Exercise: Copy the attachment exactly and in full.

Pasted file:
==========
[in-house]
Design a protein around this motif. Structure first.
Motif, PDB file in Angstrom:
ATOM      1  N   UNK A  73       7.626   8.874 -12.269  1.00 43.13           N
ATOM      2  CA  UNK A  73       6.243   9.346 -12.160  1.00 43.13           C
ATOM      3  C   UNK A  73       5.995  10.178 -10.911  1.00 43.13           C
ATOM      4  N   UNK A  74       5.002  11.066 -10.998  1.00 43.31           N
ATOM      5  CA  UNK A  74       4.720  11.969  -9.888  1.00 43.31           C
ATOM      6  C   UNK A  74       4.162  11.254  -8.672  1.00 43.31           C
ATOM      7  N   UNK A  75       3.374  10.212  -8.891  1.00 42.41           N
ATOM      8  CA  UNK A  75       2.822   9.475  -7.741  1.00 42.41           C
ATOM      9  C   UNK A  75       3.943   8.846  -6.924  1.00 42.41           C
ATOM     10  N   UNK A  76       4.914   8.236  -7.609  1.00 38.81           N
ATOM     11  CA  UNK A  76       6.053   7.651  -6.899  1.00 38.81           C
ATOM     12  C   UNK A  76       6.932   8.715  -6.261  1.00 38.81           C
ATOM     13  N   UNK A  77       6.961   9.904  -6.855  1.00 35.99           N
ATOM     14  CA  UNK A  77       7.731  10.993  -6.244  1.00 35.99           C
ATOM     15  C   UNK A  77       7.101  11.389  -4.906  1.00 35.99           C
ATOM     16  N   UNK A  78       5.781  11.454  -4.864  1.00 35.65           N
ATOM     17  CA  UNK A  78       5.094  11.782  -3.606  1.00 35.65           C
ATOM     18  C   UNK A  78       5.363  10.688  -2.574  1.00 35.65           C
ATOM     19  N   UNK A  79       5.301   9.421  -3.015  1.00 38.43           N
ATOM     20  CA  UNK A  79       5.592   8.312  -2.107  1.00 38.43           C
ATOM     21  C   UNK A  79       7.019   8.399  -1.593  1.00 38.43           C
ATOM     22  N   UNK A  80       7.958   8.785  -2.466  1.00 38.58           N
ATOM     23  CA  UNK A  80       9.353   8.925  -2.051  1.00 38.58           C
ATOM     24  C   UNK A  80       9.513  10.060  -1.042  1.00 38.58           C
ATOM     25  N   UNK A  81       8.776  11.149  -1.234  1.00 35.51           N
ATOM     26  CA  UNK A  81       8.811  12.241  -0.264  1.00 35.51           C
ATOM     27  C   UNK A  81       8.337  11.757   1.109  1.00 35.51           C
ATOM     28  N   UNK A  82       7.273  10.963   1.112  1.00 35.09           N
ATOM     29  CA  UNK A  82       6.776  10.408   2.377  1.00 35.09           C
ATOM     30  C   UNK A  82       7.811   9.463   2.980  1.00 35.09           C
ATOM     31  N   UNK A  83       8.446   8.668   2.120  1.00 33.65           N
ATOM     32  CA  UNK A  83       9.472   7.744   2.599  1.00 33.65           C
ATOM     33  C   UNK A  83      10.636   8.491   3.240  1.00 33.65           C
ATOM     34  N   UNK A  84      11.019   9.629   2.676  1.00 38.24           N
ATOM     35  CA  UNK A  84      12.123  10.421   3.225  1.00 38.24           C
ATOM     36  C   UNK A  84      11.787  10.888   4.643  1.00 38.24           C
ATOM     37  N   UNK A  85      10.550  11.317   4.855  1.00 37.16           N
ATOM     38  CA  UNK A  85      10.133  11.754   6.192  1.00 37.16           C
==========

[in-house]
Design a protein around this motif. Structure first.
Motif, PDB file in Angstrom:
ATOM      1  N   UNK A  73       7.626   8.874 -12.269  1.00 43.13           N
ATOM      2  CA  UNK A  73       6.243   9.346 -12.160  1.00 43.13           C
ATOM      3  C   UNK A  73       5.995  10.178 -10.911  1.00 43.13           C
ATOM      4  N   UNK A  74       5.002  11.066 -10.998  1.00 43.31           N
ATOM      5  CA  UNK A  74       4.720  11.969  -9.888  1.00 43.31           C
ATOM      6  C   UNK A  74       4.162  11.254  -8.672  1.00 43.31           C
ATOM      7  N   UNK A  75       3.374  10.212  -8.891  1.00 42.41           N
ATOM      8  CA  UNK A  75       2.822   9.475  -7.741  1.00 42.41           C
ATOM      9  C   UNK A  75       3.943   8.846  -6.924  1.00 42.41           C
ATOM     10  N   UNK A  76       4.914   8.236  -7.609  1.00 38.81           N
ATOM     11  CA  UNK A  76       6.053   7.651  -6.899  1.00 38.81           C
ATOM     12  C   UNK A  76       6.932   8.715  -6.261  1.00 38.81           C
ATOM     13  N   UNK A  77       6.961   9.904  -6.855  1.00 35.99           N
ATOM     14  CA  UNK A  77       7.731  10.993  -6.244  1.00 35.99           C
ATOM     15  C   UNK A  77       7.101  11.389  -4.906  1.00 35.99           C
ATOM     16  N   UNK A  78       5.781  11.454  -4.864  1.00 35.65           N
ATOM     17  CA  UNK A  78       5.094  11.782  -3.606  1.00 35.65           C
ATOM     18  C   UNK A  78       5.363  10.688  -2.574  1.00 35.65           C
ATOM     19  N   UNK A  79       5.301   9.421  -3.015  1.00 38.43           N
ATOM     20  CA  UNK A  79       5.592   8.312  -2.107  1.00 38.43           C
ATOM     21  C   UNK A  79       7.019   8.399  -1.593  1.00 38.43           C
ATOM     22  N   UNK A  80       7.958   8.785  -2.466  1.00 38.58           N
ATOM     23  CA  UNK A  80       9.353   8.925  -2.051  1.00 38.58           C
ATOM     24  C   UNK A  80       9.513  10.060  -1.042  1.00 38.58           C
ATOM     25  N   UNK A  81       8.776  11.149  -1.234  1.00 35.51           N
ATOM     26  CA  UNK A  81       8.811  12.241  -0.264  1.00 35.51           C
ATOM     27  C   UNK A  81       8.337  11.757   1.109  1.00 35.51           C
ATOM     28  N   UNK A  82       7.273  10.963   1.112  1.00 35.09           N
ATOM     29  CA  UNK A  82       6.776  10.408   2.377  1.00 35.09           C
ATOM     30  C   UNK A  82       7.811   9.463   2.980  1.00 35.09           C
ATOM     31  N   UNK A  83       8.446   8.668   2.120  1.00 33.65           N
ATOM     32  CA  UNK A  83       9.472   7.744   2.599  1.00 33.65           C
ATOM     33  C   UNK A  83      10.636   8.491   3.240  1.00 33.65           C
ATOM     34  N   UNK A  84      11.019   9.629   2.676  1.00 38.24           N
ATOM     35  CA  UNK A  84      12.123  10.421   3.225  1.00 38.24           C
ATOM     36  C   UNK A  84      11.787  10.888   4.643  1.00 38.24           C
ATOM     37  N   UNK A  85      10.550  11.317   4.855  1.00 37.16           N
ATOM     38  CA  UNK A  85      10.133  11.754   6.192  1.00 37.16           C